Diaz wins constable primary runoff election
The May 24 primary runoff election results have been tallied, with few surprises.
In the race for the Democratic nomination for Harris County Precinct 2 constable, incumbent Chris Diaz handily defeated challenger George Goffney Jr.
Diaz received 73 percent of the vote (2,321 total votes) to Goffney’s 27 percent (859 votes).
Diaz will face Republican Daniel Vela in the November general election.
In the contest for the Democratic nomination for Harris County sheriff, Ed Gonzales easily defeated Jerome Moore.
Gonzales received 57 percent of the vote (16,049 total votes) to Moore’s 43 percent (12,311 votes).
Gonzales will face Republican incumbent Ron Hickman in the November general election.
In the Democratic race for railroad commissioner, Grady Yarbrough handily defeated Cody Garrett.
Yarbrough received 60 percent of the vote (15,816 total votes) to Garrett’s 40 percent (10,411 votes).
In the Republican contest for railroad commissioner, Gary Gates easily defeated Wayne Christian.
Gates received 66 percent of the vote (24,537 total votes) to Christian’s 34 percent (12,890 votes).
In the race for the position of Harris County Republican Party chairman, incumbent Paul Simpson handily defeated challenger Rick Ramos.
Simpson received 69 percent of the vote (26,015 total votes) to Ramos’ 31 percent (11,753 votes).
The general election will take place Tuesday, Nov. 8, along with the highly publicized U.S. presidential election.
The race to replace the late El Franco Lee as Harris County Precinct 1 commissioner is starting to heat up, with a candidate forum being held this past Sunday, May 22.
Lee died unexpectedly Jan. 3 after serving more than 30 years in the office. Following Lee’s death, Harris County Judge Ed Emmett appointed former Houston city attorney and longtime friend of the commissioner, Gene Locke, to fill the remainder of Lee’s term.
While it was initially believed that Locke had no interest in keeping the position permanently, he is now actively seeking it, reportedly even stepping down from his law practice to pursue it.
Other interested parties include state Sen. Rodney Ellis, City Council Member Dwight Boykins, community activist Georgia Provost, KPFT chairman DeWayne Lark and educator Rickey Tezino.
Although they did not participate in Sunday’s forum, City Council members Jerry Davis and Larry Green have also expressed interest in the position, but like Boykins, have shied away from formally announcing their candidacies, due to the state’s “resign-to-run” provision, which could cost them their current seats, should they lose their bid for the commissioner position.
Lee’s name remained on the primary ballot, which he won posthumously, as he ran unopposed. It is now up to 125 Democratic precinct chairs to select a candidate to appear on the November ballot, as a special election will not be held to fill the position in the highly Democratic precinct.
The highly sought-after commissioner’s seat comes with a base salary of nearly $170,000 a year, and the position is not term limited. Once in office, commissioners rarely face serious challengers or step down from the esteemed position, which represents 1.2 million people and oversees a $200 million annual budget.
Locke and Ellis focused on their political experience, while Provost, Lark and Tezino emphasized their outsider status and vowed to fight the establishment.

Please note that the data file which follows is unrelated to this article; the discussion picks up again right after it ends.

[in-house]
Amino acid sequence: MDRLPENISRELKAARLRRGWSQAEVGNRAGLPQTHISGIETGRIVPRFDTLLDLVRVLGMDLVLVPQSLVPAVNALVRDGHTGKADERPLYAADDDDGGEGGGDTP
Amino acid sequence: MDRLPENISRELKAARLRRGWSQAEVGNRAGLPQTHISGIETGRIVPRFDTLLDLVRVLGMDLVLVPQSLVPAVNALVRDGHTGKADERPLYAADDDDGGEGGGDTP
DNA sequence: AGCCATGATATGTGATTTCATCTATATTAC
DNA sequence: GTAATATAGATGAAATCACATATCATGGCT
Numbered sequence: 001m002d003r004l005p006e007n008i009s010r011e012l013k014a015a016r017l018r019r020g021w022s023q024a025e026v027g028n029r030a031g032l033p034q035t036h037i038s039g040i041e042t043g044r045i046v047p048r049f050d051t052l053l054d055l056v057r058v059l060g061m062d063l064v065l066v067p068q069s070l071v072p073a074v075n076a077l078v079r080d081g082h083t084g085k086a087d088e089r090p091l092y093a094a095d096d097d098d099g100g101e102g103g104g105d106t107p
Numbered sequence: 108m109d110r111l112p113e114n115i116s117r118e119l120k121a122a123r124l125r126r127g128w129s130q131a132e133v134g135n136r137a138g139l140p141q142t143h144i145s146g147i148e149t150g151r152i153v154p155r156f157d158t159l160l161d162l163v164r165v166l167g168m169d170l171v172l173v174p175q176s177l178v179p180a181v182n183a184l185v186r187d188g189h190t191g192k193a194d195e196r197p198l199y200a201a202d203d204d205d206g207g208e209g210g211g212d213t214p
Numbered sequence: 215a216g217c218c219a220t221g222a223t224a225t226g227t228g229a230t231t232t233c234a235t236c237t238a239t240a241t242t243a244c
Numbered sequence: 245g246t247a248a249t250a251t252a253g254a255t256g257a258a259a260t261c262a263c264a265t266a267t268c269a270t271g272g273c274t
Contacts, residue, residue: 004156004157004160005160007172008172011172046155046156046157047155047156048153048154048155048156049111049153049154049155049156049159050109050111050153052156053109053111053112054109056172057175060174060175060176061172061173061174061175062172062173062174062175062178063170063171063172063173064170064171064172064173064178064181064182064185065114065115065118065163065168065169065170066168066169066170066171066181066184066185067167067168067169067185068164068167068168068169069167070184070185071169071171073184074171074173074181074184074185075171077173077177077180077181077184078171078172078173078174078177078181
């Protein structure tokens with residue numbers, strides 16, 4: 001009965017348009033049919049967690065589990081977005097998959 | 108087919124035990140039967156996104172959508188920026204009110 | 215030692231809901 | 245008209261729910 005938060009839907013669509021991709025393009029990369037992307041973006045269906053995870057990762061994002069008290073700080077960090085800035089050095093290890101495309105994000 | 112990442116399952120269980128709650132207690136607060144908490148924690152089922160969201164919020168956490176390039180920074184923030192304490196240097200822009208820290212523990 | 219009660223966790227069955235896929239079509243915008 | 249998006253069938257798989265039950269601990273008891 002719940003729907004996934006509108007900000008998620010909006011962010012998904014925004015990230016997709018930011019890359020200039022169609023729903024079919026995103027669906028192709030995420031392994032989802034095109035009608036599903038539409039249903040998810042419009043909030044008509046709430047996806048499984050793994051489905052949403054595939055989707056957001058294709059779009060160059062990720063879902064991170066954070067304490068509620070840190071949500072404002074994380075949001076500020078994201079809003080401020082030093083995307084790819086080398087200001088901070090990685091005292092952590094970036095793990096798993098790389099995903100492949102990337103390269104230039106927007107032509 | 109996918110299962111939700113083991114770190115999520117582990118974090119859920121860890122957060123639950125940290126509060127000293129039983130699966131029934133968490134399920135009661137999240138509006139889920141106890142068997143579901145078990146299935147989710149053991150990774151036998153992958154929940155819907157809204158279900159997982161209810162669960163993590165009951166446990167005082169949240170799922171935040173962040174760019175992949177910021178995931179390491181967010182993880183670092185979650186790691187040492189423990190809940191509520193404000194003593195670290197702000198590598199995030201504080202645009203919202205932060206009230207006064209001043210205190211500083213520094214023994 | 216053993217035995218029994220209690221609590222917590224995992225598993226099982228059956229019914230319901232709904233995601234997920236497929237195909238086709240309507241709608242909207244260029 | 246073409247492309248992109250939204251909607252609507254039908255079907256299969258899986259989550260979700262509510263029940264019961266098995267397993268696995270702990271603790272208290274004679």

While Boykins has yet to officially throw his hat in the ring, the council member – who represents much of the South Belt community – stressed his record of helping the disenfranchised and area seniors.
Locke, who described himself as a workhorse not a show-horse, began his introduction with a moment of silence in honor of Lee. He went on to tout recent roadwork and sidewalk projects near NRG Stadium in advance of the 2017 Super Bowl (a joint effort with the City of Houston) and stressed the need to make voting easier for county residents.
Ellis suggested using county land for affordable housing and providing adequate mental health care for county jail inmates.
Boykins, who described himself as a public servant rather than a politician, discussed his recent second-chance job forum aimed at helping ex-convicts get jobs and the need to provide sufficient funding for local constable offices.
Lark stressed that he was “unbought and unsold” and said Ellis should remain a senator and Boykins remain a council member, where they get other meaningful work achieved.
Provost, who has unsuccessfully run for City Council multiple times, emphasized how Precinct 1 has disproportionately less services than the other precincts in the county.
Tezino rounded out the forum by discussing the need for flooding improvements and a possible monorail system.
The race for the commissioner’s seat is unorthodox, as there is no official filing or deadlines, making it difficult to determine exactly how many people are actually seeking the position. While candidates are actively campaigning for the seat, they are focusing their efforts on trying to win over the precinct chairs, rather than county voters, who will not have a direct say on the issue.
The vote to select the new commissioner will take place Saturday, June 25. Participating precinct chairs must be present to cast a ballot. Should a single candidate not receive 50 percent or more of the vote, a runoff will take place on the spot.
See future editions of the Leader for a candidate questionnaire.
While residents will not be allowed to directly vote, they are encouraged to voice their opinions to their local precinct chairs. An updated list of area precinct chairs will be released Monday, June 13.
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